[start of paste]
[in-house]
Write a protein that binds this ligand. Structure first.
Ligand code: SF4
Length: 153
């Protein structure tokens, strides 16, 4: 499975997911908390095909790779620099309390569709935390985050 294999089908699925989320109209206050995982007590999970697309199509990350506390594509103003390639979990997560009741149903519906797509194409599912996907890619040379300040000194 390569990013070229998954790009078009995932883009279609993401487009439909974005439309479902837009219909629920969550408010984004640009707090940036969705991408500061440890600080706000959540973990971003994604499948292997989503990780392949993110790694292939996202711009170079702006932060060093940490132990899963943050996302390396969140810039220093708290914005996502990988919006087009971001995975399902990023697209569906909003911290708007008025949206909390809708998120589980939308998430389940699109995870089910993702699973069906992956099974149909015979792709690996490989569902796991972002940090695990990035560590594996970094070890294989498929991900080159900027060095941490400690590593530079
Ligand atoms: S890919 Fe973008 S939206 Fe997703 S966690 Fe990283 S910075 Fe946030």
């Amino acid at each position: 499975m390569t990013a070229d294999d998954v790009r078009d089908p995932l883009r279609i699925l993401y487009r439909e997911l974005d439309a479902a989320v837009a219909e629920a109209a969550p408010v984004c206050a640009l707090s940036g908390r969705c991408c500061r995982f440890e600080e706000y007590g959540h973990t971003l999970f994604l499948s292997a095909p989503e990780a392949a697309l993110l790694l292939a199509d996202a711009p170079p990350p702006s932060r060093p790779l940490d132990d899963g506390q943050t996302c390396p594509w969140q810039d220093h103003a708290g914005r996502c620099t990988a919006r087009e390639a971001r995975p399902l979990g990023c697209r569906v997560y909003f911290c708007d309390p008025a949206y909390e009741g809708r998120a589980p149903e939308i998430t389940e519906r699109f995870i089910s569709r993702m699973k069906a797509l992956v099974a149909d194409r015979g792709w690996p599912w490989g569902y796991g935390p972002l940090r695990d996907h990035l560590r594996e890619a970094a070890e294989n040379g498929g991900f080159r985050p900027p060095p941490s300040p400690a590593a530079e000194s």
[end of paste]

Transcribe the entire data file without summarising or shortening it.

[in-house]
Write a protein that binds this ligand. Structure first.
Ligand code: SF4
Length: 153
């Protein structure tokens, strides 16, 4: 499975997911908390095909790779620099309390569709935390985050 294999089908699925989320109209206050995982007590999970697309199509990350506390594509103003390639979990997560009741149903519906797509194409599912996907890619040379300040000194 390569990013070229998954790009078009995932883009279609993401487009439909974005439309479902837009219909629920969550408010984004640009707090940036969705991408500061440890600080706000959540973990971003994604499948292997989503990780392949993110790694292939996202711009170079702006932060060093940490132990899963943050996302390396969140810039220093708290914005996502990988919006087009971001995975399902990023697209569906909003911290708007008025949206909390809708998120589980939308998430389940699109995870089910993702699973069906992956099974149909015979792709690996490989569902796991972002940090695990990035560590594996970094070890294989498929991900080159900027060095941490400690590593530079
Ligand atoms: S890919 Fe973008 S939206 Fe997703 S966690 Fe990283 S910075 Fe946030």
């Amino acid at each position: 499975m390569t990013a070229d294999d998954v790009r078009d089908p995932l883009r279609i699925l993401y487009r439909e997911l974005d439309a479902a989320v837009a219909e629920a109209a969550p408010v984004c206050a640009l707090s940036g908390r969705c991408c500061r995982f440890e600080e706000y007590g959540h973990t971003l999970f994604l499948s292997a095909p989503e990780a392949a697309l993110l790694l292939a199509d996202a711009p170079p990350p702006s932060r060093p790779l940490d132990d899963g506390q943050t996302c390396p594509w969140q810039d220093h103003a708290g914005r996502c620099t990988a919006r087009e390639a971001r995975p399902l979990g990023c697209r569906v997560y909003f911290c708007d309390p008025a949206y909390e009741g809708r998120a589980p149903e939308i998430t389940e519906r699109f995870i089910s569709r993702m699973k069906a797509l992956v099974a149909d194409r015979g792709w690996p599912w490989g569902y796991g935390p972002l940090r695990d996907h990035l560590r594996e890619a970094a070890e294989n040379g498929g991900f080159r985050p900027p060095p941490s300040p400690a590593a530079e000194s």